Burkina Faso: Mining Boss Fined $3k, Given 24-Month Prison Sentence Over Deaths Of Miners
The director of a mine in Burkina Faso has been found guilty of manslaughter, following a flooding disaster in April that killed eight miners. Hein Frey, of Canadian company Trevali, was fined $3,000 (£2,600) and given a suspended 24-month prison sentence. The incident caused outrage in the country at the time. The verdict
has been met with shock, with some in Burkina Faso seeing the sentence as lenient, given the number of victims. A second executive, Daryl Christensen, an Australian national working with Trevali’s contractor Byrnecut, was handed a 12-month suspended sentence and fined $1,500. Frey, from South Africa, was found
guilty of involuntary manslaughter but acquitted on charges of illegal mining activities, failure to comply with regulations on occupational health and safety in mines, endangering the lives of others and failure to assist a person in danger. Trevali has issued a statement but did not comment on the sentences. It said it was still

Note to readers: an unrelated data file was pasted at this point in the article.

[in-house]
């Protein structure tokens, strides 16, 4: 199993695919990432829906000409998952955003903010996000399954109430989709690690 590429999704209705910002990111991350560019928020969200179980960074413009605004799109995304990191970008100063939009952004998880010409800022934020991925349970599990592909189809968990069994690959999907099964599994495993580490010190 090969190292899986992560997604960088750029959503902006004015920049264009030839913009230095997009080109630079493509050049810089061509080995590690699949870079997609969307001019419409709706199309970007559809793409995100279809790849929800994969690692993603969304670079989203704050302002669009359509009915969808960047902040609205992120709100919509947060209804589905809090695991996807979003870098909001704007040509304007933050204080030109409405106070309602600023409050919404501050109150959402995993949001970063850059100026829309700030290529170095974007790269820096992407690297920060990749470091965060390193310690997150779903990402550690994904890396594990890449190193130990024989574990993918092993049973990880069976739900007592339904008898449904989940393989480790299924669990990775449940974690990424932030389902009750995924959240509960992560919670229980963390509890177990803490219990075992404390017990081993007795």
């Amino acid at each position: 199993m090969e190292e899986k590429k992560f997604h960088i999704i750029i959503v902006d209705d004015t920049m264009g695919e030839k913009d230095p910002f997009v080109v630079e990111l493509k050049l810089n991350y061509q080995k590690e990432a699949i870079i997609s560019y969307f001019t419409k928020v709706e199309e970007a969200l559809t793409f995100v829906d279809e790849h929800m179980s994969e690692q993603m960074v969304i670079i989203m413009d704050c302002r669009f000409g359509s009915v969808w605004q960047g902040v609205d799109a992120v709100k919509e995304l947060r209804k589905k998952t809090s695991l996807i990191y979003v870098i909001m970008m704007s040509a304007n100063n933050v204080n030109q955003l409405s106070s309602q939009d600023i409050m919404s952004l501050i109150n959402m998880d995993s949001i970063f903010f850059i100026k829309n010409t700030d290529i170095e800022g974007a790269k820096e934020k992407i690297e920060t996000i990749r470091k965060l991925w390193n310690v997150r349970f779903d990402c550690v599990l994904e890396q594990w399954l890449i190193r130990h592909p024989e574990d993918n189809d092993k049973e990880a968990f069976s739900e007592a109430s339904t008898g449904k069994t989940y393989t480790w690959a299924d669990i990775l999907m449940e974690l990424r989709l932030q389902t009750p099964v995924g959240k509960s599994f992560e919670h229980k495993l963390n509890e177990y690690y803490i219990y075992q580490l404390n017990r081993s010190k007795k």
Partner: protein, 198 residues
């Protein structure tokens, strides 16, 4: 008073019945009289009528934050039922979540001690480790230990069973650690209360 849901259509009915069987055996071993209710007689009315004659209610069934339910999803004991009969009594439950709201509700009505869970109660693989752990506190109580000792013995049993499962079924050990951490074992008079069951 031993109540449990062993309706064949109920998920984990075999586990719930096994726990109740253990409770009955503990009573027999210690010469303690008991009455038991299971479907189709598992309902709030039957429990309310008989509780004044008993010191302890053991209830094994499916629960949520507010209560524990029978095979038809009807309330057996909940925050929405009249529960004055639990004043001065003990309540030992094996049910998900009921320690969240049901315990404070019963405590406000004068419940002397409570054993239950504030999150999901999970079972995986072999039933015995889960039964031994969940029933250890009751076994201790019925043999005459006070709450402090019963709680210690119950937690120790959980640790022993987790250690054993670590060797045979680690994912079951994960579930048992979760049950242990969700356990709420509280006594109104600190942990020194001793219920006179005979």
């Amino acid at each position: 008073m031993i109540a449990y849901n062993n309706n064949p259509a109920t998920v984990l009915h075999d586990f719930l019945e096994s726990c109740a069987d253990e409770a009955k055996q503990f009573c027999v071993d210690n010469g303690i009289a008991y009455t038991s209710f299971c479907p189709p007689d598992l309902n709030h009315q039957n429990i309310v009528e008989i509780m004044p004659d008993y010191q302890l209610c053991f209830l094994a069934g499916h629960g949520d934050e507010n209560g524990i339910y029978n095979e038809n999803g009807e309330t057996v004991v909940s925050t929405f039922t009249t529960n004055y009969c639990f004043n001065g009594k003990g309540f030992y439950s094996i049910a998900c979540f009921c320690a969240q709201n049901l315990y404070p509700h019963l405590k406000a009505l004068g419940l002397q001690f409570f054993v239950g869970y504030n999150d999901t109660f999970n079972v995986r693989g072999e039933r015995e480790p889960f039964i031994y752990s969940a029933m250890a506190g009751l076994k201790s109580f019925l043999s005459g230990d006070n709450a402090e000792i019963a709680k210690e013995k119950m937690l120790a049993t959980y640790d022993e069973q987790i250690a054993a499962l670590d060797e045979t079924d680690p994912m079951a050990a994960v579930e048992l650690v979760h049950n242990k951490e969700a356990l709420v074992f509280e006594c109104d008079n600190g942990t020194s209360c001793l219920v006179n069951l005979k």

negotiating with the authorities to resume mining at the Perkoa zinc mine. The trial began on 24 August following a complaint by the families of the miners from Burkina Faso. The eight miners were working at a depth of more than 500m when they became trapped by torrential rain in April. In less than an hour, 125mm of rain fell - five
times the average monthly amount. Despite frantic rescue efforts, it took until late May for the first bodies of the miners to be recovered from the mine, which lies about 100km (60 miles) west of the capital, Ouagadougou. In June, the last body was recovered, following some 66 days of searching. There was
controversy at the time of the incident, with rescue operations only getting under way following protests and a sit-in at a government building at a nearby town five days after the floods.